I’m looking forward to the day when a single, adaptive camera lens will be smart enough to take whatever image I need (that day is coming, albeit slowly. See this for example).
Until then, changing lenses is still going to be a painful process in which you run the risk of coating your sensor array with dust particulates which are invisible -until your photos are viewed on a big screen.
So, today’s invention is to adapt the idea behind the old-fashioned spherical/rotary lens changer on microscopes, for retro-fit use on digital SLR’s. This allows lenses to be substituted, whilst keeping the instrument’s interior pristine.
No-one wants to have to carry all their lenses on the camera though.
The invention would therefore have to be a bayonet-fit device, attached once to the camera body (in as near sterile conditions as possible). The simplest form would resemble a linearly sliding, rectangular ‘sluice gate’ or guillotine with two apertures – of the type used in old slide projectors (shown from above, in red).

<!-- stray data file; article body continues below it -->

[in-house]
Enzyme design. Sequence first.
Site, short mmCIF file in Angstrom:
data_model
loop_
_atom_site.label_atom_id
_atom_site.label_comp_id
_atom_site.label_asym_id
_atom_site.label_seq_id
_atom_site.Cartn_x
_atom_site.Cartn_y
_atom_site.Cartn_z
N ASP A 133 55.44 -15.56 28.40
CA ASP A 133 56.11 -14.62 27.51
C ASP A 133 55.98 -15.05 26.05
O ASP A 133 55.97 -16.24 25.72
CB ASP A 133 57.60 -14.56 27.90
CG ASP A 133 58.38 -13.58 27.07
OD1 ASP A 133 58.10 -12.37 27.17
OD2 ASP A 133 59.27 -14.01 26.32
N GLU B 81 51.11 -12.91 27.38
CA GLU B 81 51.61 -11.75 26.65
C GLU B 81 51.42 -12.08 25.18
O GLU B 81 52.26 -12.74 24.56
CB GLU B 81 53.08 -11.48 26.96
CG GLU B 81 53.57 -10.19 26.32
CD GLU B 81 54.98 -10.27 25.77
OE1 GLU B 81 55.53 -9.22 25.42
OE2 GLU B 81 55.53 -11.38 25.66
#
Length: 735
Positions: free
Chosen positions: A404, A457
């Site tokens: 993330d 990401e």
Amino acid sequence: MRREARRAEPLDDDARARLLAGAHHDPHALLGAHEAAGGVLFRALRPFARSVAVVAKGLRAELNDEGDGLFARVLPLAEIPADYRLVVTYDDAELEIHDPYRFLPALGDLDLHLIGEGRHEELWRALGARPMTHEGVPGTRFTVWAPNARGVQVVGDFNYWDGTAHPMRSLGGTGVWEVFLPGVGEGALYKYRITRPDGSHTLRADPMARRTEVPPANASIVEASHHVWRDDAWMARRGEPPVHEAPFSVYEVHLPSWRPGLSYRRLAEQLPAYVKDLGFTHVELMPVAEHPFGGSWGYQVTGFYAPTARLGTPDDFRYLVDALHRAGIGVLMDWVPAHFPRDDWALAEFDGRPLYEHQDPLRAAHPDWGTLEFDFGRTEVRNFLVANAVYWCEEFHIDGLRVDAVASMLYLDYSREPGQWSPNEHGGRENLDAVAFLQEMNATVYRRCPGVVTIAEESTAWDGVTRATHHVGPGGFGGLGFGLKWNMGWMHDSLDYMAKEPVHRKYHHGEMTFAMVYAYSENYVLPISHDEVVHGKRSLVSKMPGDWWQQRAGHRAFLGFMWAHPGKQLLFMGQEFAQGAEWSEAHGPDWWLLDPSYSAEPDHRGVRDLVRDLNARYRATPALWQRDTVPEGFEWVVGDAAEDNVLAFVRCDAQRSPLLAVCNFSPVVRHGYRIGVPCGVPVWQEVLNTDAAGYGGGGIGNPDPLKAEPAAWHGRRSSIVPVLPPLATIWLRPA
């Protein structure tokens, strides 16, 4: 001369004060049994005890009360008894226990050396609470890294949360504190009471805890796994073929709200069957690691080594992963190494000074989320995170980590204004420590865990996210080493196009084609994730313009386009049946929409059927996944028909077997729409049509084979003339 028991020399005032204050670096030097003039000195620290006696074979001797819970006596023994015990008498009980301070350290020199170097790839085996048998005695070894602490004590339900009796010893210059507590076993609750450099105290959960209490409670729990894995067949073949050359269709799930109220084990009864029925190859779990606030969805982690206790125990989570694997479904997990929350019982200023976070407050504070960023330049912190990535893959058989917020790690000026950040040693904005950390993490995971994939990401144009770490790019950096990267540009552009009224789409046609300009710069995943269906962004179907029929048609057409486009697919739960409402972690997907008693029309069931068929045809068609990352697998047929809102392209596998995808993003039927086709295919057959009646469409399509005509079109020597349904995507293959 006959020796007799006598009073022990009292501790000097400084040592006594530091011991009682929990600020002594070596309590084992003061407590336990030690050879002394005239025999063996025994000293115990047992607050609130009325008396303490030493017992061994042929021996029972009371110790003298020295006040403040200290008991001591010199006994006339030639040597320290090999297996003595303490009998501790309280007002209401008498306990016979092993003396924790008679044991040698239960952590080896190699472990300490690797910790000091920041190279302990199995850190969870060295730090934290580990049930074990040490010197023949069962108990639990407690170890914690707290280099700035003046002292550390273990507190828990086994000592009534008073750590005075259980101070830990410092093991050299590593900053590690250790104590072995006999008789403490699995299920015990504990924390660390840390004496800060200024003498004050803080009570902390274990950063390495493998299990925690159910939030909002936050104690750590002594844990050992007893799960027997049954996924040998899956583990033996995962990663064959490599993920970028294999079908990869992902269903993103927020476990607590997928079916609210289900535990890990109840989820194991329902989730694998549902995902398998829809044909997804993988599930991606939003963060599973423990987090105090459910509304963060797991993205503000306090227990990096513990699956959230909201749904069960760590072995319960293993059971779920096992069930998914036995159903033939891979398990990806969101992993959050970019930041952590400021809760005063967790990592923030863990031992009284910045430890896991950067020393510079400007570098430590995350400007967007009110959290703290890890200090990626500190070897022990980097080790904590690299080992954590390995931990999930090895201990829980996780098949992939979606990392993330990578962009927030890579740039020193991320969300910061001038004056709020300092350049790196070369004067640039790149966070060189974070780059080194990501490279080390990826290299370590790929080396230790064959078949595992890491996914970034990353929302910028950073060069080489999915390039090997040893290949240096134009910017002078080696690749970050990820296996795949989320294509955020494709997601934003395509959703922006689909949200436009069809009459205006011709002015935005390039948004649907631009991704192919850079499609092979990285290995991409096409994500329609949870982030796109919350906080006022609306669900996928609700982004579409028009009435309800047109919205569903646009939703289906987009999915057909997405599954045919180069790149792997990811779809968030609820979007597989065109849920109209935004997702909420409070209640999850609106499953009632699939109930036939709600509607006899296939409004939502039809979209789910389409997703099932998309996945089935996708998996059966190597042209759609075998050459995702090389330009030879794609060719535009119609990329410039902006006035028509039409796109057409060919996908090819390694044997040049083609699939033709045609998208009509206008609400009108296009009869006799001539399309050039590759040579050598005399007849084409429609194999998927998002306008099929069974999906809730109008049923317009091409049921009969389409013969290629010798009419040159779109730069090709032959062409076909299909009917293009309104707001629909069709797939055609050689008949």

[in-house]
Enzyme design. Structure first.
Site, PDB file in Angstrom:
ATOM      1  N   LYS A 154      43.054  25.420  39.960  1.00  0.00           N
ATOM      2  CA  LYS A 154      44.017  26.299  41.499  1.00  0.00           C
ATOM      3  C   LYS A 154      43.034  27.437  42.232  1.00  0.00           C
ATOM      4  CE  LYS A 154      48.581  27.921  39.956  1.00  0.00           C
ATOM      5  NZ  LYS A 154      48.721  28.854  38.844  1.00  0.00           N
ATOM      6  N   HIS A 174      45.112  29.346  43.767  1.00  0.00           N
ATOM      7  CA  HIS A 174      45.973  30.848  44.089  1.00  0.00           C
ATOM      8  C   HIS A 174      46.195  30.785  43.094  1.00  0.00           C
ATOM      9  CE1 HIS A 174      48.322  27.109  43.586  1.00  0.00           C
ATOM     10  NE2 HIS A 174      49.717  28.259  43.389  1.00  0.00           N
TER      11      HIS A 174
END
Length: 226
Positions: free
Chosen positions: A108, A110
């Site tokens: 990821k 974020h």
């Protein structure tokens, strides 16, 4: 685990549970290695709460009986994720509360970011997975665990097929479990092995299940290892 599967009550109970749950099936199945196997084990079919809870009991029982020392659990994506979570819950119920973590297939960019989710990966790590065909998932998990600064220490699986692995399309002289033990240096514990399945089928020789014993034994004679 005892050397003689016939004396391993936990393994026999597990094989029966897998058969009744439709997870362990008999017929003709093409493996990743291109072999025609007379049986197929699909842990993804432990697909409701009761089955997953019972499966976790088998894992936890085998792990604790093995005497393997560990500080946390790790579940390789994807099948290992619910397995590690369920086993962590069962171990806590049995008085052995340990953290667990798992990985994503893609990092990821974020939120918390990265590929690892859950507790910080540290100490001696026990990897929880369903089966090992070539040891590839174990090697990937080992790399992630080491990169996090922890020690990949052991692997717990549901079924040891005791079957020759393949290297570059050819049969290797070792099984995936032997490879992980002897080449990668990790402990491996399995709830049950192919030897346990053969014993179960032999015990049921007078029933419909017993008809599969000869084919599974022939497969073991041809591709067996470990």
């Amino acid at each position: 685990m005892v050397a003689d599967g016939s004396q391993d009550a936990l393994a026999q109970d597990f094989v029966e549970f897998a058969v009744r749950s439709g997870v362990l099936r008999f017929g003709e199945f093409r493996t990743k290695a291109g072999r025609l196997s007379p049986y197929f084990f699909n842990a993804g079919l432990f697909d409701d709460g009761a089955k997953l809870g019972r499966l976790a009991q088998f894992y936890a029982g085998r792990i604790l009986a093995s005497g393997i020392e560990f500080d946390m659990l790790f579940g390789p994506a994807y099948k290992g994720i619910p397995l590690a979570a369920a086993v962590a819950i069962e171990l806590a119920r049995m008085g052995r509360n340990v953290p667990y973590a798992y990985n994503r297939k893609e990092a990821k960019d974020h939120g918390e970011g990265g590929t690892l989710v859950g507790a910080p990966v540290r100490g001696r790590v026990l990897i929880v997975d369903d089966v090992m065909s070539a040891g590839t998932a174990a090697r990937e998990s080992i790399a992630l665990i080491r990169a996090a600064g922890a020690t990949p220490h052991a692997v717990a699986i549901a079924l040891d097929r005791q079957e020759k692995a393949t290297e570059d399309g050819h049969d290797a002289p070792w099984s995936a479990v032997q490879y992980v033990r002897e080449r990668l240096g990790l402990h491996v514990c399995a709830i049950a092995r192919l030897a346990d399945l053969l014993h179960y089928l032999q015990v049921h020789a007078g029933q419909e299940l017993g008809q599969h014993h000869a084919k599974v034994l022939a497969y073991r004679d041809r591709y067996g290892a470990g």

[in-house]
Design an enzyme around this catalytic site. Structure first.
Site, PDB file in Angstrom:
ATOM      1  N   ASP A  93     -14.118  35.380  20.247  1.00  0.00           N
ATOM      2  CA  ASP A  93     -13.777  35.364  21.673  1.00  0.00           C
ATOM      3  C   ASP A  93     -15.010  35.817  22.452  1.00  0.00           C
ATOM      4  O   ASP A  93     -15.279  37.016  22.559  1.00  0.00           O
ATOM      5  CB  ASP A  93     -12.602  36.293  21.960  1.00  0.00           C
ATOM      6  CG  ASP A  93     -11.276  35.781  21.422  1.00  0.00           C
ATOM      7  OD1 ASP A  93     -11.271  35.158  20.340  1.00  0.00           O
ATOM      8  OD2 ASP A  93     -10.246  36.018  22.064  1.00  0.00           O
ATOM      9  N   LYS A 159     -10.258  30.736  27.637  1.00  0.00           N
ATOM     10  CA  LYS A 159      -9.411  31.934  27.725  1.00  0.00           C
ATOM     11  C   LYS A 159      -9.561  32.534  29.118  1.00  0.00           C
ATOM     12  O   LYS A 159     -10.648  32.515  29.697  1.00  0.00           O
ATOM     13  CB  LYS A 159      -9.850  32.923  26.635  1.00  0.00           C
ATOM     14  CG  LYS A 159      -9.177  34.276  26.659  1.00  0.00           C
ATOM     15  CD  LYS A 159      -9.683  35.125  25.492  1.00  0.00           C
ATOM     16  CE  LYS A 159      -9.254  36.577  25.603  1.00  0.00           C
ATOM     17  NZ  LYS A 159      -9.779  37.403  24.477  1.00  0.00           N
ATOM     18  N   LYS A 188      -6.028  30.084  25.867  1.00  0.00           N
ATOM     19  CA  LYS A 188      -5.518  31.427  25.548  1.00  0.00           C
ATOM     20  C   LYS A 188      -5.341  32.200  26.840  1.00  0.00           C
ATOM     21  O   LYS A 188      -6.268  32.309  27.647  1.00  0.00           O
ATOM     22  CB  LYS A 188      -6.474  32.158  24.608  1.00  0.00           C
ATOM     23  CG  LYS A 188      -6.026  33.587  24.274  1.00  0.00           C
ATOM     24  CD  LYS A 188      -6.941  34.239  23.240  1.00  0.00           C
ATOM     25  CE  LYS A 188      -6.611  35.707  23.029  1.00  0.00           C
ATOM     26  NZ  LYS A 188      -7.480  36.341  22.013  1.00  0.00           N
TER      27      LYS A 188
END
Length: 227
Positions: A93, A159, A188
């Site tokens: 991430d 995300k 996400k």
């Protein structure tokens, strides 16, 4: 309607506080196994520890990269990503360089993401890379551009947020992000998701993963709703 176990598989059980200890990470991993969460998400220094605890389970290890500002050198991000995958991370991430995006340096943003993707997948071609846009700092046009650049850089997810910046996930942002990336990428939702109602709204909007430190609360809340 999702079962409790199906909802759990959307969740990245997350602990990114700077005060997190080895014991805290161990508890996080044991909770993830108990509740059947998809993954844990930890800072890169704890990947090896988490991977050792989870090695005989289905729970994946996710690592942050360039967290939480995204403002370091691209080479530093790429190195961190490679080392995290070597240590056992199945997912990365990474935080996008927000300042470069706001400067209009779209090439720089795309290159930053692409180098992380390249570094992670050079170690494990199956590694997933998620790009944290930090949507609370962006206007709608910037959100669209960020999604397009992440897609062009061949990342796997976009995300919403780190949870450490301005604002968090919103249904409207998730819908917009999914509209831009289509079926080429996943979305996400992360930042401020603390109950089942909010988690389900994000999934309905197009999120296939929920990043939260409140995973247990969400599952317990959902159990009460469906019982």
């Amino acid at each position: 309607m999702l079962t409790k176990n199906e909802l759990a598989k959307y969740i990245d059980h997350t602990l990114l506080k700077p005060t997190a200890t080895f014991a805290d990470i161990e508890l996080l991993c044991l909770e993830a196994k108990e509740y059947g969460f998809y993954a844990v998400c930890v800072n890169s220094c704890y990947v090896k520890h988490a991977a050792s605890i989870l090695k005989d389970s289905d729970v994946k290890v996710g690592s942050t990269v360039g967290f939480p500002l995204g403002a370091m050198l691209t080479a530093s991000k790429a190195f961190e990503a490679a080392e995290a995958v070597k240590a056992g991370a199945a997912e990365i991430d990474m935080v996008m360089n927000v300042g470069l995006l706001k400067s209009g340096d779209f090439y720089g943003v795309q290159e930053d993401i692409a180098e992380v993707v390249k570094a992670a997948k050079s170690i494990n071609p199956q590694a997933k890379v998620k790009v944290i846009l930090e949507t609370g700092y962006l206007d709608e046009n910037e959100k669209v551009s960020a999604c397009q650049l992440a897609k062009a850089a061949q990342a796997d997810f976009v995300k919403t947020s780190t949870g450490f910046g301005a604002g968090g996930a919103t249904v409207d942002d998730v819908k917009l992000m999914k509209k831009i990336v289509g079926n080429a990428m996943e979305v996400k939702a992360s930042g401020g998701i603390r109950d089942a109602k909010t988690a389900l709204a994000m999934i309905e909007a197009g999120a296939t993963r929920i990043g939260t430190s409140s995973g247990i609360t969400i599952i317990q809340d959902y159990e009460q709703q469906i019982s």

A substitute lens can be slotted into one side of the gate, whilst still wearing its own cap on the camera-facing end. The gate can then be slid across the camera body until the new lens locks into place. At no point is the camera body left open to the atmosphere. If you were being ultra careful, the gate movement itself might be used to create a small, transient internal overpressure, making life even harder for any specks determined to get inside.
The camera-facing caps on the lenses could be made to slide radially off and on, driven by the motion of the gate itself, without ever exposing the internals of your expensive optics.